Tri-City News: Tenants' activist promises action on Coquitlam demovictions

Posted October 2, 2019

A tenant rights organization is speaking out against a Burquitlam highrise development it says will displace low-income renters.
Murray Martin, a spokesperson for ACORN's Burnaby chapter, called the 482-unit, two-tower project on Farrow Street a "demoviction" and said his group would be re-focusing its activist efforts in Coquitlam, which has seen record-breaking development in recent years.
"We have an established chapter in Burnaby that has been fighting demovictions," he told The Tri-City News hours before a public hearing on the proposal. "Coquitlam is next on our target list."
Boffo Developments intends to build a 46-storey market tower containing 348 units and a 20-storey rental tower with 134 rentals, including 21 non-market rentals. The project would be built on land that is currently occupied by a 45-unit rental building constructed in 1967 and a 45-unit market condo built in 1977. Council unanimously approved fourth and final reading for the project Monday.
Martin acknowledged the new buildings would add rental units to the neighbourhood but noted they would command significantly higher rents than what currently exist on the site. Most tenants at 720 Farrow St. pay between $800 and $1,000 per month, he said, while rent on a new unit would be significantly higher.
"They are completely unaffordable," he said.
He urged council to look at policies being considered in Burnaby that would allow tenants displaced by demolitions the chance to move into replacement units, according to the Mayor's Task Force on Community Housing Final Report. Developers would also have to provide moving assistance and top-ups for rent in temporary accommodations beyond current rental rates, the document states.
Martin said Coquitlam has had a "free ride for the last few years" when it comes to new developments displacing existing low-income renters.
"Tonight is a signal that there is no more free rides," he said. "You are going to get push back on these demovictions."
Two residents of the current rental building also spoke out against the Boffo project.
Kate Mills said a strong sense of community exists in the area that would be destroyed if the building is demolished.
Dean Elias, another resident, said he suffers from a disability and likes being close to transit. He said he doubts he could find something in his price range close to SkyTrain if he is forced to move.
But Boffo vice-president Jim Ellis told council his company is doing everything it could, including offering available units in the company's other properties, to accommodate residents and assist with their transition.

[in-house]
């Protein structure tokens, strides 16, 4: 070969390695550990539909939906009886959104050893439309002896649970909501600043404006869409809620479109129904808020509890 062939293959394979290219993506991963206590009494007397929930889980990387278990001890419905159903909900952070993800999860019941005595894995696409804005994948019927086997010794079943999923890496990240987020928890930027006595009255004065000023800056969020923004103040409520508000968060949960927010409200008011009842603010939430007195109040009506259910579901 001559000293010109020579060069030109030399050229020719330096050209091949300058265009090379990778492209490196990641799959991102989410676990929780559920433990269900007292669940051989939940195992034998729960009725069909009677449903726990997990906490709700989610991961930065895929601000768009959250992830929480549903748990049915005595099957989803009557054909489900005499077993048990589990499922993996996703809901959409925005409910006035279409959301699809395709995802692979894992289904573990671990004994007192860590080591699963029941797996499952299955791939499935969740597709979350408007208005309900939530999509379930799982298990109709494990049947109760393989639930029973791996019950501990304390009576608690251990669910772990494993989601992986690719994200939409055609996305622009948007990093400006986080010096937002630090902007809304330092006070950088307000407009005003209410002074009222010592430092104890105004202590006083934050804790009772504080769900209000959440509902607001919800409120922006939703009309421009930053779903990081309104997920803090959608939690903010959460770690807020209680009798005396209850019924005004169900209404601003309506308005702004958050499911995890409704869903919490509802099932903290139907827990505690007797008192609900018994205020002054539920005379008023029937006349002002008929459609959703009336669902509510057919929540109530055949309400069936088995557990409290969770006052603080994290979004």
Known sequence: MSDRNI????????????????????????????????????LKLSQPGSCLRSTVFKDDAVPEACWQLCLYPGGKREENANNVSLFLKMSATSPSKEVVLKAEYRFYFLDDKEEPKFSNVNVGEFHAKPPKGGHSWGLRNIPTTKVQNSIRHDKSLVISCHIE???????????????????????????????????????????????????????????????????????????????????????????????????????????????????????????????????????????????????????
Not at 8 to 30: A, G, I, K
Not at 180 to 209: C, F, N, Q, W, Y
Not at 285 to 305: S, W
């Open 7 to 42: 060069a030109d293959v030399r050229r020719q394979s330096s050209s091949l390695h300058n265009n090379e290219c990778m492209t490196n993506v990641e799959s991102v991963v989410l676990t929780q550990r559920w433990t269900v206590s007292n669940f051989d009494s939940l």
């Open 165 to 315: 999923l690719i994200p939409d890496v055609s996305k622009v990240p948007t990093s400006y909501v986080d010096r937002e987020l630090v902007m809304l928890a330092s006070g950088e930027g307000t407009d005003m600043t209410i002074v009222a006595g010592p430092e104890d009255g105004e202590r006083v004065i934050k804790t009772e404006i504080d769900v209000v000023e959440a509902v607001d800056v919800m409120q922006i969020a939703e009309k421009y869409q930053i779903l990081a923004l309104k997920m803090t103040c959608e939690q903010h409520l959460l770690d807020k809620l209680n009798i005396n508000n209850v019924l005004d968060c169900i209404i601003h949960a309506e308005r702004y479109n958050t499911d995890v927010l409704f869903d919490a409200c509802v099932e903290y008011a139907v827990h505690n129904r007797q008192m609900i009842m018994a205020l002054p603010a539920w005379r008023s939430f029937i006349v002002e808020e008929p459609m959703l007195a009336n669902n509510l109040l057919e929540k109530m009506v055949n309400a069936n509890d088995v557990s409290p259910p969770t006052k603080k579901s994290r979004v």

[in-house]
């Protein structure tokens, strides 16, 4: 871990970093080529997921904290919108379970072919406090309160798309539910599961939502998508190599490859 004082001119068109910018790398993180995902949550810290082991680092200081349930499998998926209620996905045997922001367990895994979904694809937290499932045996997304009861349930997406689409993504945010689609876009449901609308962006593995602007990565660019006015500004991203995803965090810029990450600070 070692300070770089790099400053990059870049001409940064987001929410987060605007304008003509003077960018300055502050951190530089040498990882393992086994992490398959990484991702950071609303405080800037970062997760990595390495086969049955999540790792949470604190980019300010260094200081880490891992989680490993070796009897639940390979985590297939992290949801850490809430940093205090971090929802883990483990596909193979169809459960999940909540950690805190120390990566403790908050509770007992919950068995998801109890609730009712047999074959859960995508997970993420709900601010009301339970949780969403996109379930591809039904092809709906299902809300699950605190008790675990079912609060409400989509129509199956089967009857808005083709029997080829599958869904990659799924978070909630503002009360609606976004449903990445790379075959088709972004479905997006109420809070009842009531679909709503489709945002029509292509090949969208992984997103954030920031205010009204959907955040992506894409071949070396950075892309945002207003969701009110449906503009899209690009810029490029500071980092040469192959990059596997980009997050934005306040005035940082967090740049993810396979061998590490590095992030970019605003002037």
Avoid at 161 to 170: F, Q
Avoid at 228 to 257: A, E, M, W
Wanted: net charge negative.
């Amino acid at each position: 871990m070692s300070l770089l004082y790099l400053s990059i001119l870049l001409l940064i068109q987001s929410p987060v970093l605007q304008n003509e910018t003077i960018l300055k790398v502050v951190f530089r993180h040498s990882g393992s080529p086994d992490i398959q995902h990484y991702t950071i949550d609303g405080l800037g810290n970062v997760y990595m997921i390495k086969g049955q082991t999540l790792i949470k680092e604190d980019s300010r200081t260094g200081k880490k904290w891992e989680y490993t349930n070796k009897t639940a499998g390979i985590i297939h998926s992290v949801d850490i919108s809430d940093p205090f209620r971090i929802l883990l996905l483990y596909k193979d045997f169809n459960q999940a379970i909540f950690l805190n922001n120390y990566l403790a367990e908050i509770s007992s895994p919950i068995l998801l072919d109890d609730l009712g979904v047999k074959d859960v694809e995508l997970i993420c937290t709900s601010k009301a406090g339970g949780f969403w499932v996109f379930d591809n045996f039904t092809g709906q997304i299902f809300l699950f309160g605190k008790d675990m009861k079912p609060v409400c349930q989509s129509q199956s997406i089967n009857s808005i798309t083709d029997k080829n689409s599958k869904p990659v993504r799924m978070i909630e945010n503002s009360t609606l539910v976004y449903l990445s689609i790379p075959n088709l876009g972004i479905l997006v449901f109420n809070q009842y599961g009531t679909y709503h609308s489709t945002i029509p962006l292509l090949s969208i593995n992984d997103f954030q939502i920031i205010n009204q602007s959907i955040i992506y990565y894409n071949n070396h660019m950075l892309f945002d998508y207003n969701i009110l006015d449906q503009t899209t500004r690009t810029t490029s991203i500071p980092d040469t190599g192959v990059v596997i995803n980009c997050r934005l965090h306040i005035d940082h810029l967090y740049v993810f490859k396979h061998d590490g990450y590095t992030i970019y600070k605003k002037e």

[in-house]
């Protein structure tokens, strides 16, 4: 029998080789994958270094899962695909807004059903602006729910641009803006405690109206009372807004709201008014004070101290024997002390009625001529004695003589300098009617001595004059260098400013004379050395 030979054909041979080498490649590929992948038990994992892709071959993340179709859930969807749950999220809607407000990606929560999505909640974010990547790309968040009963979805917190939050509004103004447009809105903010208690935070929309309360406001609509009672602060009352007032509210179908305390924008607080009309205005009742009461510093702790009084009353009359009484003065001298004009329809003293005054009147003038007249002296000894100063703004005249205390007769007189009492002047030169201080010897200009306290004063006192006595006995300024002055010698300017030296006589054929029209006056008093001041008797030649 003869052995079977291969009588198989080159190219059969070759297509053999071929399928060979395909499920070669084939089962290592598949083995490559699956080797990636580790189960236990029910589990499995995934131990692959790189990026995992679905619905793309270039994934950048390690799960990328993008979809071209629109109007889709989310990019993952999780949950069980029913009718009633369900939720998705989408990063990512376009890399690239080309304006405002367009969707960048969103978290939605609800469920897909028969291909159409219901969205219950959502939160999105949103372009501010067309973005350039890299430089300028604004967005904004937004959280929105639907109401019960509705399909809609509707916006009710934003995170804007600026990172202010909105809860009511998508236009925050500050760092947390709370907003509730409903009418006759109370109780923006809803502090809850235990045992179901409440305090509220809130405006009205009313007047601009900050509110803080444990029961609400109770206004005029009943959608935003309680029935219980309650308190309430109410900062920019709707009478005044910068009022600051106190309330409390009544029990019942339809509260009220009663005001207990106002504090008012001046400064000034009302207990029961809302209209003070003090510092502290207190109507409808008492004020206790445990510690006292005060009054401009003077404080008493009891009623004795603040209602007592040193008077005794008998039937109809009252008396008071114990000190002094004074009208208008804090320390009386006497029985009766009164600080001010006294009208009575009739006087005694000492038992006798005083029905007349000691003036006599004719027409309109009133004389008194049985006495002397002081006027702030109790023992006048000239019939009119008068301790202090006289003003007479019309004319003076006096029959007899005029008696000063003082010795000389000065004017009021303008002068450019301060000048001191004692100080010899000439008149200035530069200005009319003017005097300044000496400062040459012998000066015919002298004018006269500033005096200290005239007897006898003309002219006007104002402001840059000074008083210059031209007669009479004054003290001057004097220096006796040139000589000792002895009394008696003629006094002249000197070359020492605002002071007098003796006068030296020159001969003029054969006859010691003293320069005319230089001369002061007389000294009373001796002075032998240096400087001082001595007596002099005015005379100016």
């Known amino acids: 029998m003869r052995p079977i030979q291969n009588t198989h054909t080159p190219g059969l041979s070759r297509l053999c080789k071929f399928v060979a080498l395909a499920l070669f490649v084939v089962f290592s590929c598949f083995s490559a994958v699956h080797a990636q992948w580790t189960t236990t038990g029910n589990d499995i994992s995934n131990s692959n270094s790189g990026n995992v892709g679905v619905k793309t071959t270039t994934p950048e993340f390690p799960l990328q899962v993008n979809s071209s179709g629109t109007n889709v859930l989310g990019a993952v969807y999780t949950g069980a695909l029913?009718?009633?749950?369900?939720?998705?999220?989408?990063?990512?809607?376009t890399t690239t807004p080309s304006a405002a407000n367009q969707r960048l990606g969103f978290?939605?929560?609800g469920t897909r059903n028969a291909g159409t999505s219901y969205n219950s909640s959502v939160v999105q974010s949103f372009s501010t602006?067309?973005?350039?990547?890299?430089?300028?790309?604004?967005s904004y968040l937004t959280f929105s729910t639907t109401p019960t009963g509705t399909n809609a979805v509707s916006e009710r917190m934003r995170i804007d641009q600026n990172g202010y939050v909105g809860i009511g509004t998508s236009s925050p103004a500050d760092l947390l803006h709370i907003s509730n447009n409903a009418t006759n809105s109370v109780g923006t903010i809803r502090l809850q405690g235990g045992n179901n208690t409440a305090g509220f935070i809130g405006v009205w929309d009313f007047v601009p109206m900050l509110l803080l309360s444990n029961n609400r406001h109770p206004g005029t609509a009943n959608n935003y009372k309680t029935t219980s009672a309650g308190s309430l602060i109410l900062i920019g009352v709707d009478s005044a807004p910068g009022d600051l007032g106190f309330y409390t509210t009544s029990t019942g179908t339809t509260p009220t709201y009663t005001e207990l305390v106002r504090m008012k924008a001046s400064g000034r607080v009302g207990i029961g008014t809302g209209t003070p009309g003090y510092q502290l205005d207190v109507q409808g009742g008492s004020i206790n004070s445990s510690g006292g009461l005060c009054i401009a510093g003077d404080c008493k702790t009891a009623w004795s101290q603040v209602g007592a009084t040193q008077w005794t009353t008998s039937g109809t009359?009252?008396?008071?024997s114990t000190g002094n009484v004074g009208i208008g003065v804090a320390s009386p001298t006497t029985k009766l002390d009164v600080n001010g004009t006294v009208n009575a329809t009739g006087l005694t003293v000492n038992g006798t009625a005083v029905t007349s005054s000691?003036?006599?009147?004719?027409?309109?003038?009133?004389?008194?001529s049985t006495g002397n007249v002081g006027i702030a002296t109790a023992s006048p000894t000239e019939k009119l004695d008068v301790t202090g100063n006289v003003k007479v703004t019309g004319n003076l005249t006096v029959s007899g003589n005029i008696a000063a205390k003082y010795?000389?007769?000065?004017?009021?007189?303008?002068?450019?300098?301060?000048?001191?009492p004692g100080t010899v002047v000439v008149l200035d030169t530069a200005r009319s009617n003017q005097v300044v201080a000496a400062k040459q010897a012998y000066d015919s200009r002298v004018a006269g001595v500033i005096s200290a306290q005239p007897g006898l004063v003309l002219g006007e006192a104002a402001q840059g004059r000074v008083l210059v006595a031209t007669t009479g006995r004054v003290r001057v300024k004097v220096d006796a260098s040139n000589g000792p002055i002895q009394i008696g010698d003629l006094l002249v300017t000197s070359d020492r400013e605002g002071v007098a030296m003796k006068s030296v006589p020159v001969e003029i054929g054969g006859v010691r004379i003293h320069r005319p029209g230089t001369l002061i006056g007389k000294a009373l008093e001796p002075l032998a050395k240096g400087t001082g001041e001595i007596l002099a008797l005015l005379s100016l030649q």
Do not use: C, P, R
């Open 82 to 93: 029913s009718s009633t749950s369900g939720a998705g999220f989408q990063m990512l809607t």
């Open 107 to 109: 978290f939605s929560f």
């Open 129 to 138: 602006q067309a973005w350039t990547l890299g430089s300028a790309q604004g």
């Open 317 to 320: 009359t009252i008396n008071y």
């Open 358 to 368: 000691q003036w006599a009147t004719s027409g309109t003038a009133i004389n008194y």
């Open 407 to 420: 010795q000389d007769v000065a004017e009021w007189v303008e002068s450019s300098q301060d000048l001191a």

A tenant support office has been set up on site and the company assured council the building will not be knocked down before March 2021, giving tenants a significant amount of time to make alternative housing arrangements. They would also be financially compensated.
Under a proposal put forward by Boffo, tenants that have lived in the building for five years or more would receive three months rent plus a half month rent for each year beyond the five years for a total of between $3,300 to as high as $13,400.
Tenants who have lived in the building for one to five years would receive three months rent while anyone who has lived in the building for less than a year would receive one month rent.
This is "certainly not a case of throwing everybody out," Ellis said during Monday's public hearing. "There are a number of residents that are quite satisfied."
Several city councillors pushed back against assertions made by Martin they were not doing enough to ensure that low-income families were not impacted by new developments.
Mayor Richard Stewart said the city has gone to great lengths to incentivize developers to increase the amount of purpose-built rentals in their projects.
Coun. Dennis Marsden noted the city is on track to add 4,000 purpose-built rental units, replacing old units at a four-to-one rate. He also noted that while Burnaby's task force on housing has made recommendations, nothing has been approved by council and included in any formal policy.
"I haven't seen any results from it yet," he said.



Article by Gary McKenna for Tri-City News



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